Abstract: Abstract This article identifies conditions for transnational interest group cohesion by examining German and British employer positions on EU company law proposals. Employers were divided over proposals on takeover bids but formed a united front against proposals on worker participation. I argue that divergent “constrain-thy-neighbor effects†contribute to explaining the observed variation. Actors consider not only how it affects them if they themselves are subjected to an EU law. They also consider how it affects them that the same law will apply abroad. Positive constrain-thy-neighbor effects weaken transnational cohesion. Negative constrain-thy-neighbor effects reinforce it. This argument and analytic framework could be applied to many issues beyond the realm of company law, and to all actors confronted with proposals for cross-border cooperation, including not just employers, but also governments, unions, and a broad range of organized interests. By attending to the multidimensionality of actors’ decision-making calculus, the article advances the materialist literature on preference formation in two ways. It bridges the artificial chasm between class-centered and firm-centered perspectives, and it shows how interaction between national and international institutions shapes preferences and cleavages. Zusammenfassung Der vorliegende Aufsatz untersucht Bedingungen für den grenzübergreifenden Zusammenhalt von Interessengruppen anhand der Positionen deutscher und britischer Arbeitgeberverbände zum EU-Gesellschaftsrecht seit 1970. Während bei Richtlinien zur Regelung von Übernahmen Uneinigkeit herrschte, zogen deutsche und britische Arbeitgeber bei Richtlinien zur betrieblichen Mitbestimmung an einem Strang. Ich argumentiere, dass unterschiedliche „Constrain-Thy-Neighbor“-Effekte zur Erklärung der Varianz beitragen. Wenn Akteure die Vor- und Nachteile einer EU-Richtlinie gegeneinander abwägen, berücksichtigen sie nicht nur die zu erwartenden Auswirkungen der Richtlinie im eigenen Land. Sie berücksichtigen auch, dass dieselbe Richtlinie auch in anderen Mitgliedstaaten zur Anwendung käme. Positive Constrain-Thy-Neighbor-Effekte schwächen den grenzübergreifenden Zusammenhalt von Interessengruppen. Negative Constrain-Thy-Neighbor-Effekte stärken ihn. Das Anwendungsfeld des vorgestellten analytischen Rahmens umfasst neben gesellschaftsrechtlichen Fragen viele andere Themenbereiche und neben Arbeitgebern alle Akteursgruppen, die mit Vorschlägen für grenzübergreifende Kooperation konfrontiert sind, wie zum Beispiel auch Regierungen, Gewerkschaften und andere Interessenverbände. Indem er die Mehrdimensionalität von Entscheidungskalkülen verdeutlicht, leistet der Artikel zwei Beiträge zur Literatur über Präferenzbildung. Er überbrückt den künstlichen Graben zwischen klassenzentrierten und firmenzentrierten Perspektiven und zeigt auf, wie das Zusammenspiel von nationalen und internationalen Institutionen Präferenzen und Koalitionsmuster beinflusst.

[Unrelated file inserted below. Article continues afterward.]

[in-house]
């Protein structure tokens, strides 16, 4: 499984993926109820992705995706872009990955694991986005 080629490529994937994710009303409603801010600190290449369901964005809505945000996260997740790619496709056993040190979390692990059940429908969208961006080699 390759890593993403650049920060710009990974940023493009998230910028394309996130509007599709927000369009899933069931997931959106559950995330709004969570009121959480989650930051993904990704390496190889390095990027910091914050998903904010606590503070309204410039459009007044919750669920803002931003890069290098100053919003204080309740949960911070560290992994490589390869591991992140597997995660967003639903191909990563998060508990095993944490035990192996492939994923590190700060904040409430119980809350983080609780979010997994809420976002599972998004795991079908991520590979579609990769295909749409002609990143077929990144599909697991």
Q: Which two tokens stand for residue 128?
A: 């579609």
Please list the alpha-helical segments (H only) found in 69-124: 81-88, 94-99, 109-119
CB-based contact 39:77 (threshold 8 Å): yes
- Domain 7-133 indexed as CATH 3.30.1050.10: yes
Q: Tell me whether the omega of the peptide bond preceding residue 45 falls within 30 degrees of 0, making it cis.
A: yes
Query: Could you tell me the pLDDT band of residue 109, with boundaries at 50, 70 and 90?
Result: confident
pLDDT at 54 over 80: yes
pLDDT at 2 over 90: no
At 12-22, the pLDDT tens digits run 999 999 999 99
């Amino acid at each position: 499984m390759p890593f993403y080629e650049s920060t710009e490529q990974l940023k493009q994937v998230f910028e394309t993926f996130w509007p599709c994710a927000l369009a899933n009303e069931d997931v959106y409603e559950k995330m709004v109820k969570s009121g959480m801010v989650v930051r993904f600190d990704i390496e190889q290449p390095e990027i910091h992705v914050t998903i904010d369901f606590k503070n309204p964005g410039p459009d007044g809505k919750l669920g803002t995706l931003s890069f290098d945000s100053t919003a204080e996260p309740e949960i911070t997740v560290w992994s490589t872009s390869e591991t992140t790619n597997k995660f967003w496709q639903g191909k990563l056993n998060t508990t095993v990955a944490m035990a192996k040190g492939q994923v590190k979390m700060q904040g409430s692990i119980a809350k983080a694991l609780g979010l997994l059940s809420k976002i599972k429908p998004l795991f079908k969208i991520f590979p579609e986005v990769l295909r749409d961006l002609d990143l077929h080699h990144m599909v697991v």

Keywords: interest intermediation; corporate governance; directives; harmonisation; multilevel governance; Europeanization; regulatory competition; Germany; U.K.; political science; political economy
    Date: 2009–04–20
  8. By: Jagers, Sverker C. (Department of Political Science, Göteborg University); Löfgren, Åsa (Department of Economics, School of Business, Economics and Law, Göteborg University); Stripple, Johannes (Department of Political Science, Lund University)
    Abstract: The idea of Personal Carbon Allowances (PCAs) was presented by the British Environment Secretary David Miliband in 2006. Although no state is seriously developing proposals for them, they have been heavily debated within academia, NGOs and policy making circles. PCAs can be seen as a logical extension of market efficiency underpinning emissions trading schemes, so far only applied at the firm level, to individuals. The purpose of this paper is to analyse some critical aspects of the public’s support for a PCA scheme. We focus on the relations between attitude towards a PCA scheme and trust in politicians, perceived fairness and ideology, respectively. We also analyse the relation between the respective attitudes towards an increase in the current tax rate and towards an implementation of a PCA scheme. We base our study on a mail questionnaire sent out to a random, representative sample in Sweden.<p>
    Keywords: personal carbon allowances; attitudes; trust; fairness; ideology
    JEL: Q54 Q58
    Date: 2009–05–04